If I were another blogger, my website would be full of beautiful pictures of an idyllic afternoon by the pool. There would be close-ups of 11 pairs of feet. Sumptuous shots of the food, action pix of kids and adults jumping into the pool with broad grins on their faces, discreet snaps of mommies breastfeeding chubby pink babes, and glorious images of our shadows on the hot pavement.

And that would be beautiful. It would make childless people who dream of motherhood imagine a paradise of weekend family bliss. It would tell one version of a story, but not my story. What I discovered on Sunday is that taking two kids under three to a party is hard work. I had Pringles in the Moby Wrap when we first arrived, but the 90 plus degree temperature made that uncomfortable for both of us. In the old days, Odie and I adored parties at The Saints’ partly for the fact that everyone shows up with a couple bottles of wine. We used to par-TAY at these gatherings, carefully negotiating beforehand whose turn it was to drive home.

Now that we have two kids, we both have to watch a kid. Viva went swimming with Odie while I walked, shushed, bounced, and nursed Pringles. Then we switched off and Odie cuddled her while I took Viva to chase chickens, pet baby bunnies, and climb into a treehouse where the big kids declared her unwelcome and the five year-old snatched away every toy she could pick up with the admonishment, “That’s NOT yours!”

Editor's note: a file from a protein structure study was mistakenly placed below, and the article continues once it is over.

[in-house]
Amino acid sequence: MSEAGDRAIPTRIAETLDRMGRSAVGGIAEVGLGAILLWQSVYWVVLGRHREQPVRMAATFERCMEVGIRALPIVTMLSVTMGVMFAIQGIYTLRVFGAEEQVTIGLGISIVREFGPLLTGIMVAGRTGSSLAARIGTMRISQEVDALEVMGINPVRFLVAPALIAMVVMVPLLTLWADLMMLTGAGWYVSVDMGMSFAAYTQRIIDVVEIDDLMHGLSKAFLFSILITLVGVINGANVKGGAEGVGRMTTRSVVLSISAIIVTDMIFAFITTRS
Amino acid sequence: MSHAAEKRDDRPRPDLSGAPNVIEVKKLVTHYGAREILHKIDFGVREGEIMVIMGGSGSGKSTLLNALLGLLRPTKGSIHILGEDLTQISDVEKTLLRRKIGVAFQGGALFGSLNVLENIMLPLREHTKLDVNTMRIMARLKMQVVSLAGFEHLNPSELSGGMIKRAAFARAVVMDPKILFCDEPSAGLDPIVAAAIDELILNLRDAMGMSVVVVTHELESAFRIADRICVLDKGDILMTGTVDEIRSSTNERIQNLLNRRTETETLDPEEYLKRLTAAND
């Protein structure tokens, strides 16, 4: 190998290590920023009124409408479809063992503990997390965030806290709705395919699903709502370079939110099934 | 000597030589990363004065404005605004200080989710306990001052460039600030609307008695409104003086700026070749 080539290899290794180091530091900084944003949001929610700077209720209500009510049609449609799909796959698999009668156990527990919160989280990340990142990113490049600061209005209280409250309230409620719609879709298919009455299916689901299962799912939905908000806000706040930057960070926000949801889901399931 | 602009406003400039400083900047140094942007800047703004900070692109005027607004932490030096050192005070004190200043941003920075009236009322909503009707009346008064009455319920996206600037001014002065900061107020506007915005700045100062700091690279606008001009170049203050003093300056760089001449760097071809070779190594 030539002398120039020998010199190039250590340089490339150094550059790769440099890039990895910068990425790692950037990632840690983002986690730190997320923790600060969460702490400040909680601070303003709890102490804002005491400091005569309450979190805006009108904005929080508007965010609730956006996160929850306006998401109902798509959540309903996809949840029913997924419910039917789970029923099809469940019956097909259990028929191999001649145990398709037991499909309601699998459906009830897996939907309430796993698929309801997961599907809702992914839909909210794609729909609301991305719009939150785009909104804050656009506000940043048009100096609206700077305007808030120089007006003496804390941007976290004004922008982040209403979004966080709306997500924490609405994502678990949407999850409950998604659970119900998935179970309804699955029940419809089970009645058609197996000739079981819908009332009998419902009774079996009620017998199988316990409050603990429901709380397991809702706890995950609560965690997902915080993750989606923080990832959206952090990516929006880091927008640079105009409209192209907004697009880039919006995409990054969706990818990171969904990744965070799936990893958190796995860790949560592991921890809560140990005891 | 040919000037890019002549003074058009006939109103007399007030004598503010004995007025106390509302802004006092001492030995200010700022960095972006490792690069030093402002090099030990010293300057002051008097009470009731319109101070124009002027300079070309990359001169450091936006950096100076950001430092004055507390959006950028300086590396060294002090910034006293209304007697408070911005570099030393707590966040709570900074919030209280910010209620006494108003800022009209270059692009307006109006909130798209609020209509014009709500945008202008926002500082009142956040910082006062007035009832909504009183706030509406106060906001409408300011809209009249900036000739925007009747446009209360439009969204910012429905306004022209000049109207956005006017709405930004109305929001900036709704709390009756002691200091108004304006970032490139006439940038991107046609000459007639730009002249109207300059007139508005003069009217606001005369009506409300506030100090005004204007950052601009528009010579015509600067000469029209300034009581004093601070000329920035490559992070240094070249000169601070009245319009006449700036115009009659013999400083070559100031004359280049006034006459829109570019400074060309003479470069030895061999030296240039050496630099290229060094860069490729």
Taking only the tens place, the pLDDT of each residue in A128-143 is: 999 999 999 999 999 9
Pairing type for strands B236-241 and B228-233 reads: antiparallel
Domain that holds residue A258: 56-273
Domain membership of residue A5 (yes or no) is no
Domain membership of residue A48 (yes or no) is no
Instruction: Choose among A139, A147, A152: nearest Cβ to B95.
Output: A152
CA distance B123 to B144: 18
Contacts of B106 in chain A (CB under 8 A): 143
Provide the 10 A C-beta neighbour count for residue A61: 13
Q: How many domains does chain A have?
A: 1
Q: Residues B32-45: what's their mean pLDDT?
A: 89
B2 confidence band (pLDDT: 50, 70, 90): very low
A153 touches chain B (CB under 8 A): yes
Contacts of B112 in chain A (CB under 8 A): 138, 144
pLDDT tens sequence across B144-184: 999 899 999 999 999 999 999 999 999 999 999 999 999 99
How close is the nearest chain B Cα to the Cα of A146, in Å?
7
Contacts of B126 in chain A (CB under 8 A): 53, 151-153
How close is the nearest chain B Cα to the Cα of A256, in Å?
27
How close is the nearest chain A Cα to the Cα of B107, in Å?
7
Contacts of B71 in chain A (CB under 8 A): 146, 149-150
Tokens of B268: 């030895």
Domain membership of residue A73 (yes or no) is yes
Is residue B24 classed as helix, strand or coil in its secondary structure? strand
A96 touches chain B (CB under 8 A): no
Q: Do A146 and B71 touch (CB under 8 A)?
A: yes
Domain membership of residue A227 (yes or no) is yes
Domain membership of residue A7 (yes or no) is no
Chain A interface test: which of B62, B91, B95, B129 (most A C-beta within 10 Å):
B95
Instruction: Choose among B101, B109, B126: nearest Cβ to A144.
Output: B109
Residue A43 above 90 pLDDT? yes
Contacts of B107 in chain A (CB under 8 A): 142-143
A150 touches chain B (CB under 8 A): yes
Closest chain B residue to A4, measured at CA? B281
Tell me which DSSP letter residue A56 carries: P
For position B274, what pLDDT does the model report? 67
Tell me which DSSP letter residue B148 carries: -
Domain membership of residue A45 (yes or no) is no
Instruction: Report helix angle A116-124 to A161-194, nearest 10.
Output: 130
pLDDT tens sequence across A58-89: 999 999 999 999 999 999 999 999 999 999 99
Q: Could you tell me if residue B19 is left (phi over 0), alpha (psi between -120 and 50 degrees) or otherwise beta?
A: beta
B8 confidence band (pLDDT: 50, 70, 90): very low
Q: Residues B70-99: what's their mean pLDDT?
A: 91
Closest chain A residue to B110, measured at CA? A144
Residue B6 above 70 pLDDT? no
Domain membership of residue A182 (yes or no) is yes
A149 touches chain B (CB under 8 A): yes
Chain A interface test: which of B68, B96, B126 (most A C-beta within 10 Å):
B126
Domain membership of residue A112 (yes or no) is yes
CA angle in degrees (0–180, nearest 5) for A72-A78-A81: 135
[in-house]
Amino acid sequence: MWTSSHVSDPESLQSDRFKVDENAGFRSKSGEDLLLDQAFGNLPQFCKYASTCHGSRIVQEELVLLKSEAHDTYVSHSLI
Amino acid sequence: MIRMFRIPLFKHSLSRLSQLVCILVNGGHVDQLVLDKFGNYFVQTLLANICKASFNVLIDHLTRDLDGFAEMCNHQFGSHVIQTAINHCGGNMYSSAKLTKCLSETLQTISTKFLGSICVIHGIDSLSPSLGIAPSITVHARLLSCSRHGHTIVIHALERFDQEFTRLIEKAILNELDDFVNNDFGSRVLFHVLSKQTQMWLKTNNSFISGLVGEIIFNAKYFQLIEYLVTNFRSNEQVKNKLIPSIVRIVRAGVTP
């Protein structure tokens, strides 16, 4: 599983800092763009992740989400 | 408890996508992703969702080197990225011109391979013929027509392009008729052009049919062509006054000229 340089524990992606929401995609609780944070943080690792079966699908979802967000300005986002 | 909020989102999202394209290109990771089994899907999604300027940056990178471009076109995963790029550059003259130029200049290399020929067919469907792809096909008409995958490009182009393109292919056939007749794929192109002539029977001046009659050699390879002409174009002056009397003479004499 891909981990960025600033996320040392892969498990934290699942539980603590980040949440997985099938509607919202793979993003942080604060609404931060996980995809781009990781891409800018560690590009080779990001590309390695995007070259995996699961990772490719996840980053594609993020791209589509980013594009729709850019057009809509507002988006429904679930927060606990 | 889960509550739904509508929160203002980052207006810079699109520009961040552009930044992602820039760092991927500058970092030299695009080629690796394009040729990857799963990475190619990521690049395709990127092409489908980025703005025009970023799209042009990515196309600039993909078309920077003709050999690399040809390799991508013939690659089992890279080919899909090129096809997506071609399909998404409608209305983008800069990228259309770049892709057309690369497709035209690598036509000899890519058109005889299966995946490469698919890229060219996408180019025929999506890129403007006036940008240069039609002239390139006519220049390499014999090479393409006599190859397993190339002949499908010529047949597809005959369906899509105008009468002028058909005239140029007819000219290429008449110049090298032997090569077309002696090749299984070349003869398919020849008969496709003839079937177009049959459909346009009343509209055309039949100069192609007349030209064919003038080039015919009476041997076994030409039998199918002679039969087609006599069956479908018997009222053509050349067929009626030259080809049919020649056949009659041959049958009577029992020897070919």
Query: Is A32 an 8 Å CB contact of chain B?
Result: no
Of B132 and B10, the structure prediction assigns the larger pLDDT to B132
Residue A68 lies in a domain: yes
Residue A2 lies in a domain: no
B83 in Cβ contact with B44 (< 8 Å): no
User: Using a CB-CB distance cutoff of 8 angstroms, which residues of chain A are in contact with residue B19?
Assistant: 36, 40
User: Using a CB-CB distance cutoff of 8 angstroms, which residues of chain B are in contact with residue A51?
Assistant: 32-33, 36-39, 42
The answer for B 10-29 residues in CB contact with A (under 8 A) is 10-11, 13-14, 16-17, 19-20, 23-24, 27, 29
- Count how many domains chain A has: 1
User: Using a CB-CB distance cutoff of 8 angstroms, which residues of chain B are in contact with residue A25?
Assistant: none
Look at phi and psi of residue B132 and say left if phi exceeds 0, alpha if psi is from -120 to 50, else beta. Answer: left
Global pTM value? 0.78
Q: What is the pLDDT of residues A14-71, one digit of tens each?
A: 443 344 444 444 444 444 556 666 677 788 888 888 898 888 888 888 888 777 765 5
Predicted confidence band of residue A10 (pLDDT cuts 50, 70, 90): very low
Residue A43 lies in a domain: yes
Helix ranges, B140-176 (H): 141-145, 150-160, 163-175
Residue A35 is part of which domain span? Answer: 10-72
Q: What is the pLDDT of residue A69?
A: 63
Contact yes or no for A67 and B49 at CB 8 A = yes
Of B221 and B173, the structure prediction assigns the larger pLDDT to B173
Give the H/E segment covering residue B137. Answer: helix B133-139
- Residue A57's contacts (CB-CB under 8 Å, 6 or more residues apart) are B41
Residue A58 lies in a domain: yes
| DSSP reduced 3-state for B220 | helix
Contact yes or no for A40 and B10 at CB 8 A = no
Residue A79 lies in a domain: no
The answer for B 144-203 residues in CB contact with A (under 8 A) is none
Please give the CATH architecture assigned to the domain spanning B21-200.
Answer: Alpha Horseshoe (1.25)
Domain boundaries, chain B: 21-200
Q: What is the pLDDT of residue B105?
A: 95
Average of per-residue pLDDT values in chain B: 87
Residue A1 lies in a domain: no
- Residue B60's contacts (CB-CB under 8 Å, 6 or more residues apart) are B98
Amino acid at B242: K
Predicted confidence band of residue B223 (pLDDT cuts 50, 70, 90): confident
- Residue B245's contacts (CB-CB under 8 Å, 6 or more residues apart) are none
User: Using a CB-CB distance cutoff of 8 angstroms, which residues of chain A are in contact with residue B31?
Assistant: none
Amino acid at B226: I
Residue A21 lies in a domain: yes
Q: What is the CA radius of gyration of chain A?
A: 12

I’ve read on other blogs how wonderful it is to pass around sweaty babies and hunt for pirate treasure with toddlers, but my baby doesn’t much like to be passed. And the resident pirate was NOT sharing his treasure. Pringles is still so young that she wants Mommy and only Mommy. I also find myself a bit on edge when someone else is holding my newborn. Besides, everyone at this party has his or her own kids to wrangle.

It isn’t that we didn’t have fun. We absolutely had fun. I’m simply saying that I am struck by how different it is than before when we guzzled chardonnay and gossiped. While I thought that my two year-old would have a great time playing with The Saints’ grandkids and The Frenchies’ eight year-old and Kit’s six year-old granddaughter, the reality is that kids have complicated social hierarchies and can’t just be plugged into playtime together. They also do not share their toys or their spaces well. There is fighting and hitting and whining and crying. Accusations are hurled. Feelings get hurt. Constant intervention and negotiation is required.